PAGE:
“I’ve always been excited by personal goals – but too often people miss the mark,” says EVE ASH. “Here are my five most common mistakes people make.”
By Eve Ash
I am always excited by personal goals – discussing them, planning them, striving towards them and most of all achieving them. My problem is I usually set too many, and so it can cause me to get overloaded.
So I thought today it would be good to look at the five most common mistakes people make in setting goals and how to overcome them to achieve success.
Mistake #1 – Unclear and vague goals
Goals need to be clear and specific – not just a whim or an exciting idea blurted out at a party, or even something vague you have never verbalised. The best goals are specific, have been voiced to at least one other person, and best of all written down. If they are measurable and objective – all the better.
You need to clearly specify the starting point and identify the steps. So each goal might be the longer term or main goal, with short term goals, within definite timeframes.
Mistake #2 – Unrealistic goals
I know it is great to think of goals that are a stretch for you – yes that is important, but it’s no good setting an impossible goal, something that cannot reasonably be achieved. Or don’t do what I tend to do – set too many concurrent goals – that puts you under too much pressure and you are always focused on what you still have left to do rather than enjoying what you have achieved.
For some goals you may first need to acquire specific skills – whether they are certain IT/computer skills, or maybe sports skills, or even public speaking skills.
These skills would become a first step and maybe you need to really carefully allow that time in your planning.
Mistake #3 – Conflicting goals
Many of us in business set goals in various parts of our life, but when stacked up together seem to conflict. So suddenly to achieve certain things in work or projects takes more time away from family, yet a New Year’s resolution may have been to spend more time with family.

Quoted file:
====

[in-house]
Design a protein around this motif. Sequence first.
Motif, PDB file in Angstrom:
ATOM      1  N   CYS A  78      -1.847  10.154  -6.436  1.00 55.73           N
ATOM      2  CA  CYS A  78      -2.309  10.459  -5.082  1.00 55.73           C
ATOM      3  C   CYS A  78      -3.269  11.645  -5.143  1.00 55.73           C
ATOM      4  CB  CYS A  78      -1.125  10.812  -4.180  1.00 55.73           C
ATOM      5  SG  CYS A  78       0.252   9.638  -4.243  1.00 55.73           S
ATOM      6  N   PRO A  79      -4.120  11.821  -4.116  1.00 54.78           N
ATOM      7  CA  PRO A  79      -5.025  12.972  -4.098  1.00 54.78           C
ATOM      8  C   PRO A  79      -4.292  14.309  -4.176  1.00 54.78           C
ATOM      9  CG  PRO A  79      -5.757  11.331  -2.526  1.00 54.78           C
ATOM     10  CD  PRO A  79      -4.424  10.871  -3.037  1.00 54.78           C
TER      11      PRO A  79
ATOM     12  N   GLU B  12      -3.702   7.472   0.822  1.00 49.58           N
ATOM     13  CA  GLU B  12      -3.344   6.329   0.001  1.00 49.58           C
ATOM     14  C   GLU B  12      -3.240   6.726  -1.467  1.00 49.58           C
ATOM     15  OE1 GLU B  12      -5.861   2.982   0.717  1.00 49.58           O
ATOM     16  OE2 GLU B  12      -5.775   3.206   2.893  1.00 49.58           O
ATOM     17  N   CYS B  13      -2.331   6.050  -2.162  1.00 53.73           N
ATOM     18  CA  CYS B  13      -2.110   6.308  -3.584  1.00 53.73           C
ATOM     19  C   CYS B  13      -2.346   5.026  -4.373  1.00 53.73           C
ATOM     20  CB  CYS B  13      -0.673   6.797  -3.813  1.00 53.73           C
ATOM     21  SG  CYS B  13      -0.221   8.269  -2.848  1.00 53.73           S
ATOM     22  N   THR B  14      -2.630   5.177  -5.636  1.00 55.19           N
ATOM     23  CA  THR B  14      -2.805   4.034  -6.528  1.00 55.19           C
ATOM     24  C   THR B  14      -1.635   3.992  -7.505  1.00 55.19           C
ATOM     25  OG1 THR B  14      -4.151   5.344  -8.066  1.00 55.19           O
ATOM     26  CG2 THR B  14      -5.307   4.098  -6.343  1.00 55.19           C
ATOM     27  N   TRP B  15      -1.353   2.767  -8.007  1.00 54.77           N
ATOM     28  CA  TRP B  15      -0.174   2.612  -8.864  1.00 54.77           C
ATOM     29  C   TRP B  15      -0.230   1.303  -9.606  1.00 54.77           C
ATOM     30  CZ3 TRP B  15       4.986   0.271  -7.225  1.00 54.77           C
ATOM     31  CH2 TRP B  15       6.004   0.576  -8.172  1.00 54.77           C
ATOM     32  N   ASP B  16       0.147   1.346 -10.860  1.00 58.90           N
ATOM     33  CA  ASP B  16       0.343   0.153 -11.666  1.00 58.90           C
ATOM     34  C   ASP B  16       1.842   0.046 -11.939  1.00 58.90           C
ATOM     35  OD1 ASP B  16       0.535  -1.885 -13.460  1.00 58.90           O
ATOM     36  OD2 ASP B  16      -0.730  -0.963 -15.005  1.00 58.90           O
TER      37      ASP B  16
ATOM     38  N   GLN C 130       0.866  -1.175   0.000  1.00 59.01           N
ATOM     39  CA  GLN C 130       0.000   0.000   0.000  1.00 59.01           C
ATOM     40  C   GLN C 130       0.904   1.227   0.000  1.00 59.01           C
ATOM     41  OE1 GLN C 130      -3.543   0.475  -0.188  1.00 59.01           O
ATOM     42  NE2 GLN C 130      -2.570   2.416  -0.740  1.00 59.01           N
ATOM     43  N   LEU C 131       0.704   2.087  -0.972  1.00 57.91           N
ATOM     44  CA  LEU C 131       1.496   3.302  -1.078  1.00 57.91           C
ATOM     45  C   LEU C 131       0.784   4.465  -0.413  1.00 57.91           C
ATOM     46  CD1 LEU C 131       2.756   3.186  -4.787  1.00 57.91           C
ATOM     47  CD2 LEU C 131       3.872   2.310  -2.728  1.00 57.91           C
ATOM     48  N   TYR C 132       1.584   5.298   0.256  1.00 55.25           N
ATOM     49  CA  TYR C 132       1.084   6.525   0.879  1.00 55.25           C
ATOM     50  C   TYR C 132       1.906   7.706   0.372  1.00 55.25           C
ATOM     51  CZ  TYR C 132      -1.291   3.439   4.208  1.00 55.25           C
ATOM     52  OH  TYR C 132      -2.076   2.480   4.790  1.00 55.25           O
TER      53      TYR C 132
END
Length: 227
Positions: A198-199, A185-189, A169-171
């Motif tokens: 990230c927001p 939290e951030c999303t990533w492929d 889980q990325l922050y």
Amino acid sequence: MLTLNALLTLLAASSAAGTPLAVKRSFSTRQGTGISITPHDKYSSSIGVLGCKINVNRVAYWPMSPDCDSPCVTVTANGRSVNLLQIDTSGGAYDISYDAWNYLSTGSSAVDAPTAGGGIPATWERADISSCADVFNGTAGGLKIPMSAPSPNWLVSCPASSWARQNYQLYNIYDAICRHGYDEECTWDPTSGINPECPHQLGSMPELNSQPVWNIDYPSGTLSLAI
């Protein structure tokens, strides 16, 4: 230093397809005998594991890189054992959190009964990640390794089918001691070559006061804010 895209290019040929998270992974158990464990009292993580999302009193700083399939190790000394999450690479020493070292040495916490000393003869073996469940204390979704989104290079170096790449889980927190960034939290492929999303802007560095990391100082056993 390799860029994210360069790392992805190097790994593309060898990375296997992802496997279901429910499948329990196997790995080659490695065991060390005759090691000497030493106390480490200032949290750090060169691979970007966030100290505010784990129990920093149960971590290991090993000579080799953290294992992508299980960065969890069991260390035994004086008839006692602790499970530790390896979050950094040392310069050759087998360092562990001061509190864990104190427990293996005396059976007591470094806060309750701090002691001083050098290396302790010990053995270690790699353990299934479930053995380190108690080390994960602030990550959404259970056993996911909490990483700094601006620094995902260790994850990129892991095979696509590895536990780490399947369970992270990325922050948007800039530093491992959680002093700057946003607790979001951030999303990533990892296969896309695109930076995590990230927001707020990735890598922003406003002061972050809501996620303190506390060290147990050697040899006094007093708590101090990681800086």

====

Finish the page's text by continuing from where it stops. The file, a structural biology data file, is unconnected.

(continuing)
You need to ensure a balanced mix of goals – personal, work/life, career, family,
friends, health, sport, community, philanthropic, leisure etc. A good way to work this all out is to focus on your values – and then set priorities, and these will change.
Having just had a grandson last week, the desire to spend more time with him and my daughter are high in my priorities. Priorities change all the time!
Mistake #4 – Not learning from experience
It’s important to take time out to reflect on previous goals and outcomes and look at what went wrong/right and why. For example, if you know you always end up with unused gym memberships, then look at why. Don’t just leap into a new membership without knowing why you have failed to make it work in the past.
If your staff are often annoyed by your new plans and projects, find out why before you launch enthusiastically into the next project. Don’t repeat the same mistakes.
The other thing we can learn from experience is to ensure the goals are not too easy – “flatline” goals, which are really not helping us move forward, and have no challenge or possibly even risk.
A great way to make goals work is to share them with a “goal buddy” – team up with someone who also shares the same goal.
Mistake #5 – Not celebrating goal achievements
I am often so overloaded by my large number of goals I don’t stop to celebrate those I achieve. So my focus is too often on the path ahead and what I have not done rather than enjoying what I have done. You need a clearly defined point of achievement, and build in some personal rewards. Stop to enjoy and celebrate. Share your success with others close to you. It makes others enthusiastic too.
The thing that can really help you achieve goals is to visualise your success – how will it look and feel?
This can be very helpful in bringing you closer to success. But you also need to be realistic and expect setbacks. It might be hard, so be prepared to stick at it.
Having said that I know for me one of the hardest things is to LET GO of a goal – put aside, or end an incomplete project when other factors mount up and it becomes untenable to continue. It’s OK to not succeed every time! But remember – this is where we learn more about ourselves and we become more realistic with a similar goal in the future.
By Eve Ash, psychologist and Managing Director, Seven Dimensions, and co-producer with Peter Quarry of the Ash.Quarry production – Personal Goal Setting from the TAKE AWAY TRAINING SERIES www.7dimensions.com.au
For more Eve Ash blogs, click here.